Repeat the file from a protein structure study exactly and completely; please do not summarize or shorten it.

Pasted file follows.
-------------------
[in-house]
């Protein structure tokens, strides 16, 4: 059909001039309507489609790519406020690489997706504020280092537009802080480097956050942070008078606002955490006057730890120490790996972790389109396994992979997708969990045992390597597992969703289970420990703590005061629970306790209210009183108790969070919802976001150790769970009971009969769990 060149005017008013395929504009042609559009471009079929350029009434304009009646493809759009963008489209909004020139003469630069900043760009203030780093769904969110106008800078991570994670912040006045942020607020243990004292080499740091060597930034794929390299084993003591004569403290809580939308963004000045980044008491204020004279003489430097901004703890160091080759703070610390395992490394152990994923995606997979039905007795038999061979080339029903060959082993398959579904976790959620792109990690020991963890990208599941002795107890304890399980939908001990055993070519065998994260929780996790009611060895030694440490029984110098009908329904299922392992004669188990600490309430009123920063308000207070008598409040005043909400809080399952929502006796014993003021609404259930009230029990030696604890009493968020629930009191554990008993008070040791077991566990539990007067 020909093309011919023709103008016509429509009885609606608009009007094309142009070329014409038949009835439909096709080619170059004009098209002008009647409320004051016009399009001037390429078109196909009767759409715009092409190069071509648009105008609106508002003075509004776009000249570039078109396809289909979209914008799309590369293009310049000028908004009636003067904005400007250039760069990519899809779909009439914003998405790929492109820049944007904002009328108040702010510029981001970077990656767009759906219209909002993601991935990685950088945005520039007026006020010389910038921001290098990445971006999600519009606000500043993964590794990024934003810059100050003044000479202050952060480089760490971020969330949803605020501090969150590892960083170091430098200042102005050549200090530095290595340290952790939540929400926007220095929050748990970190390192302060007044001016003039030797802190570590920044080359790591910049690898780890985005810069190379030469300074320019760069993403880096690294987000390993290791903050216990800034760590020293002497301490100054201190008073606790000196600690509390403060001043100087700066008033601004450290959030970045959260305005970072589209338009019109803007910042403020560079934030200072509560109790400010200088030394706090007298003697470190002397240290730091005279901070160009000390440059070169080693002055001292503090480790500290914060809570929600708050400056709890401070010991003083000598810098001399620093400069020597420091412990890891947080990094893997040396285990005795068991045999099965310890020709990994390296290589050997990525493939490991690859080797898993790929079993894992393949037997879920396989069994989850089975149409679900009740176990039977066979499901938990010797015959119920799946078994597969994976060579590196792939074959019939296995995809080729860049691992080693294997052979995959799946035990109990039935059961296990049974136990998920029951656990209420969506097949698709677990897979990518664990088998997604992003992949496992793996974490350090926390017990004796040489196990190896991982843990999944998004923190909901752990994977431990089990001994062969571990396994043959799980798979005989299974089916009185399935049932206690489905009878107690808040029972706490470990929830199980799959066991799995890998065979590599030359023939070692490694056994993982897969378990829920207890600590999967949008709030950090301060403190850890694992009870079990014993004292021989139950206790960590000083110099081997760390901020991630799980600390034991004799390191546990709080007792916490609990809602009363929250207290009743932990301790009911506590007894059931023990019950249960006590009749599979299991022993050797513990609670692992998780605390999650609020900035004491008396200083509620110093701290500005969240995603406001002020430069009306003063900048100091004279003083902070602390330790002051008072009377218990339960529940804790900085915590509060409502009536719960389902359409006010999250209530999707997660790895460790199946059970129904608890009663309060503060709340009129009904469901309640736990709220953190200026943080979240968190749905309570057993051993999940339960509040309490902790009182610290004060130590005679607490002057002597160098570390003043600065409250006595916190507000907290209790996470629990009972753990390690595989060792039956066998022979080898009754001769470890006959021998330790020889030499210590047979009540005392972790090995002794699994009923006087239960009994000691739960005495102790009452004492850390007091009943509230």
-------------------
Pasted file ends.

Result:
[in-house]
């Protein structure tokens, strides 16, 4: 059909001039309507489609790519406020690489997706504020280092537009802080480097956050942070008078606002955490006057730890120490790996972790389109396994992979997708969990045992390597597992969703289970420990703590005061629970306790209210009183108790969070919802976001150790769970009971009969769990 060149005017008013395929504009042609559009471009079929350029009434304009009646493809759009963008489209909004020139003469630069900043760009203030780093769904969110106008800078991570994670912040006045942020607020243990004292080499740091060597930034794929390299084993003591004569403290809580939308963004000045980044008491204020004279003489430097901004703890160091080759703070610390395992490394152990994923995606997979039905007795038999061979080339029903060959082993398959579904976790959620792109990690020991963890990208599941002795107890304890399980939908001990055993070519065998994260929780996790009611060895030694440490029984110098009908329904299922392992004669188990600490309430009123920063308000207070008598409040005043909400809080399952929502006796014993003021609404259930009230029990030696604890009493968020629930009191554990008993008070040791077991566990539990007067 020909093309011919023709103008016509429509009885609606608009009007094309142009070329014409038949009835439909096709080619170059004009098209002008009647409320004051016009399009001037390429078109196909009767759409715009092409190069071509648009105008609106508002003075509004776009000249570039078109396809289909979209914008799309590369293009310049000028908004009636003067904005400007250039760069990519899809779909009439914003998405790929492109820049944007904002009328108040702010510029981001970077990656767009759906219209909002993601991935990685950088945005520039007026006020010389910038921001290098990445971006999600519009606000500043993964590794990024934003810059100050003044000479202050952060480089760490971020969330949803605020501090969150590892960083170091430098200042102005050549200090530095290595340290952790939540929400926007220095929050748990970190390192302060007044001016003039030797802190570590920044080359790591910049690898780890985005810069190379030469300074320019760069993403880096690294987000390993290791903050216990800034760590020293002497301490100054201190008073606790000196600690509390403060001043100087700066008033601004450290959030970045959260305005970072589209338009019109803007910042403020560079934030200072509560109790400010200088030394706090007298003697470190002397240290730091005279901070160009000390440059070169080693002055001292503090480790500290914060809570929600708050400056709890401070010991003083000598810098001399620093400069020597420091412990890891947080990094893997040396285990005795068991045999099965310890020709990994390296290589050997990525493939490991690859080797898993790929079993894992393949037997879920396989069994989850089975149409679900009740176990039977066979499901938990010797015959119920799946078994597969994976060579590196792939074959019939296995995809080729860049691992080693294997052979995959799946035990109990039935059961296990049974136990998920029951656990209420969506097949698709677990897979990518664990088998997604992003992949496992793996974490350090926390017990004796040489196990190896991982843990999944998004923190909901752990994977431990089990001994062969571990396994043959799980798979005989299974089916009185399935049932206690489905009878107690808040029972706490470990929830199980799959066991799995890998065979590599030359023939070692490694056994993982897969378990829920207890600590999967949008709030950090301060403190850890694992009870079990014993004292021989139950206790960590000083110099081997760390901020991630799980600390034991004799390191546990709080007792916490609990809602009363929250207290009743932990301790009911506590007894059931023990019950249960006590009749599979299991022993050797513990609670692992998780605390999650609020900035004491008396200083509620110093701290500005969240995603406001002020430069009306003063900048100091004279003083902070602390330790002051008072009377218990339960529940804790900085915590509060409502009536719960389902359409006010999250209530999707997660790895460790199946059970129904608890009663309060503060709340009129009904469901309640736990709220953190200026943080979240968190749905309570057993051993999940339960509040309490902790009182610290004060130590005679607490002057002597160098570390003043600065409250006595916190507000907290209790996470629990009972753990390690595989060792039956066998022979080898009754001769470890006959021998330790020889030499210590047979009540005392972790090995002794699994009923006087239960009994000691739960005495102790009452004492850390007091009943509230």